by Kenneth Capek, MPA, RRT
Any views or opinions presented above are solely those of the author and do not necessarily represent those of the licensure board. Mr. Capek presently serves as chairman of the NJ State Licensure board.
The mission of the board is to protect the public by restricting the provision of respiratory patient care to competent individuals. This is accomplished by giving a license to practice to those individuals who have received appropriate training and passed the NBRC CRT exam. As time passes, some knowledge tends to be lost to memory and new information emerges as science progresses. In order to address these problems the board issued the requirement of continuing education for all licensees in order to maintain and document ongoing competency. The board recognizes that there are limitations on the means of assuring competence but must endeavor to provide a framework to move practitioners toward self-improvement, competence and improved quality of their patient care. That framework consists of setting requirements for the number of credits (CEU’s) needed each licensure period, in addition to the specific type of courses most relevant to current standards of professional practice.
The PBCA Process
In October 2012, the board developed additional means of enabling therapists to enhance their knowledge and practice with the goal of making this task easier and less expensive. One example of this was to expand the number of credits that could be taken through “non-traditional means” (on-line). The board also established an alternative method for demonstrating competency that provides CEU’s, called the “Performance-Based Competency Assessment” (PBCA). The main difference between a PBCA CEU and the current CEU track is that the board directly approves the PBCA program CEU’s without charge and the program is provided at the employee’s place of work. Another significant difference is that it must contain three components 1) a presentation of current information about a clinical procedure, 2) a test of the attendee’s knowledge of the procedure and 3) include the attendee’s accurate demonstration of the procedure. Therefore, the PBCA achieves the goal of being inexpensive and convenient and provides attendees with board-approved CEU’s. The PBCA may actually be a better tool to measure actual competence because a standard CEU program must provide information but may not test the individual upon completion, nor does it test ability to actually perform a procedure. A respiratory therapist may know every aspect of knowledge about performing a safe arterial puncture but how well do they actually perform the procedure. That would be important if you are on the other side of the needle. Physical competence is a component in all clinical site rotations within respiratory training programs. Quality care means not only knowing what to do but doing it well!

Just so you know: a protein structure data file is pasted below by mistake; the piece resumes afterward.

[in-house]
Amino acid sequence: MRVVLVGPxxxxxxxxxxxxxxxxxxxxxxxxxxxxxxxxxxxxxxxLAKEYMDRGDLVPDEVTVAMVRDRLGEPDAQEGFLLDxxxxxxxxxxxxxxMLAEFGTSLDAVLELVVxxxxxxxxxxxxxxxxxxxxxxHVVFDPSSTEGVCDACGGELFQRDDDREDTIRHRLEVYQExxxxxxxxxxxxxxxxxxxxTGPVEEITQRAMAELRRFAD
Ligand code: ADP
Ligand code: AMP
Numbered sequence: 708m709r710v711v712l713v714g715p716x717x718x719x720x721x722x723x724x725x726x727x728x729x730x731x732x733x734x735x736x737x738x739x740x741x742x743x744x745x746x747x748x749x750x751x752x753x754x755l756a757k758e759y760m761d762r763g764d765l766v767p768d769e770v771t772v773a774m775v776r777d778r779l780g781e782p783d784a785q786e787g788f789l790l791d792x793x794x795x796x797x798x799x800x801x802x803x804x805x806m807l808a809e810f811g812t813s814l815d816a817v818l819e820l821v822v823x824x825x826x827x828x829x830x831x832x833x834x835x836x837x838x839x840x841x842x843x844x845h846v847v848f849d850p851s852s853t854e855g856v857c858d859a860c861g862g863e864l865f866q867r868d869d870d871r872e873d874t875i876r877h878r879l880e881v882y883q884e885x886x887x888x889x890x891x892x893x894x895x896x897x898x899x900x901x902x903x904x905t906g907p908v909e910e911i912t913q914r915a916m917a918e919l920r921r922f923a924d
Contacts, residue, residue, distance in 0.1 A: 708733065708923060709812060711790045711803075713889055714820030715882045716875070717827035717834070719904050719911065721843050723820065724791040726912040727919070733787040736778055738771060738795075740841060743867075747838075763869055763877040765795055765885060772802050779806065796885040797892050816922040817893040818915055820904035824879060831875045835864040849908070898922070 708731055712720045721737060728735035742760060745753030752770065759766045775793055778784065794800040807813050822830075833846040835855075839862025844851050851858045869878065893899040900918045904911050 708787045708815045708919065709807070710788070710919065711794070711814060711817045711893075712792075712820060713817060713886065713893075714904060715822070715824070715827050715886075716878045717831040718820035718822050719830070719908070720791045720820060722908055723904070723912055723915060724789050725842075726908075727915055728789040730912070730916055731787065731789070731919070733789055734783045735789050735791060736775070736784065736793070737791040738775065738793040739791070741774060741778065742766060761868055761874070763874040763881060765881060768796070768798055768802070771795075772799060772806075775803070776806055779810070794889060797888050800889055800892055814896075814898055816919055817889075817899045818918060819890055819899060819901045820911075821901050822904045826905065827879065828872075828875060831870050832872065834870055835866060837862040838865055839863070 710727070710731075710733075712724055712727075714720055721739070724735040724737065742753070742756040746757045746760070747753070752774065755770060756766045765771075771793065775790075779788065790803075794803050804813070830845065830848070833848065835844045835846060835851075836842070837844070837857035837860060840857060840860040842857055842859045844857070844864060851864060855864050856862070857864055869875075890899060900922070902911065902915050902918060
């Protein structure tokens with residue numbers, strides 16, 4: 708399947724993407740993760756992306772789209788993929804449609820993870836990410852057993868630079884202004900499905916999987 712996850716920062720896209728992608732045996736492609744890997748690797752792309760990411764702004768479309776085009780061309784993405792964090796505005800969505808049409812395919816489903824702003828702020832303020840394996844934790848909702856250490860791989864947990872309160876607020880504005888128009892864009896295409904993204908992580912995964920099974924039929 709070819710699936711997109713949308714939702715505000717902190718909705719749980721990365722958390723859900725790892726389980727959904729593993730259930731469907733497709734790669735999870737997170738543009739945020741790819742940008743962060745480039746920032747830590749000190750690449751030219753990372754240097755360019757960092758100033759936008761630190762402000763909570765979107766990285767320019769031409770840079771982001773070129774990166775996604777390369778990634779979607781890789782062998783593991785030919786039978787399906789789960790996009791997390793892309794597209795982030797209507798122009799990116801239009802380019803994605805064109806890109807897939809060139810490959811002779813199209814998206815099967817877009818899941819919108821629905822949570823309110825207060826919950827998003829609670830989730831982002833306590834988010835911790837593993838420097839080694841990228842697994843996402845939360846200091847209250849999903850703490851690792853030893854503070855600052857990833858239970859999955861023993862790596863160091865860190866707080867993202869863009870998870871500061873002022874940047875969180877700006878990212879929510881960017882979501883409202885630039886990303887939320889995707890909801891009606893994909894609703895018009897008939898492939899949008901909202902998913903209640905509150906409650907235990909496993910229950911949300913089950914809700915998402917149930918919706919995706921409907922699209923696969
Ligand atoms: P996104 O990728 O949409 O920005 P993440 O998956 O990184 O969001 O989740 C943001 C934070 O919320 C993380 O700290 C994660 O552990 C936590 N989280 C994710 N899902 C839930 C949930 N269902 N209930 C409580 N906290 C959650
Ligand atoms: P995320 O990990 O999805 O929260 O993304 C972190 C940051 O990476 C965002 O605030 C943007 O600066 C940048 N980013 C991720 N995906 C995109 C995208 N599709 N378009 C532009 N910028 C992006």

The NJ Board of Respiratory Care has provided respiratory care department directors with an opportunity to award CEU’s to their staff therapists at their own place of work and free of charge. So what’s the catch? The only catch is that the licensed respiratory therapist director must apply to the board for the credits to be awarded (maximum of six per licensure period) and take responsibility for the integrity of the program process. Only clinical procedures from the facilities scope of practice will be approved for these credits such as; arterial blood gas puncture, capillary sampling, arterial line insertion, intubation, chest-physiotherapy with postural drainage, etc. A performance “simulation program” of a cardiac arrest would be another excellent example. It is actually quite easy to apply and most departments are performing some version of competency testing already. So get credit for it. More details can be found at the State board web site under “respiratory care regulations” at http://www.njconsumeraffairs.gov/respcare/res_rules.htm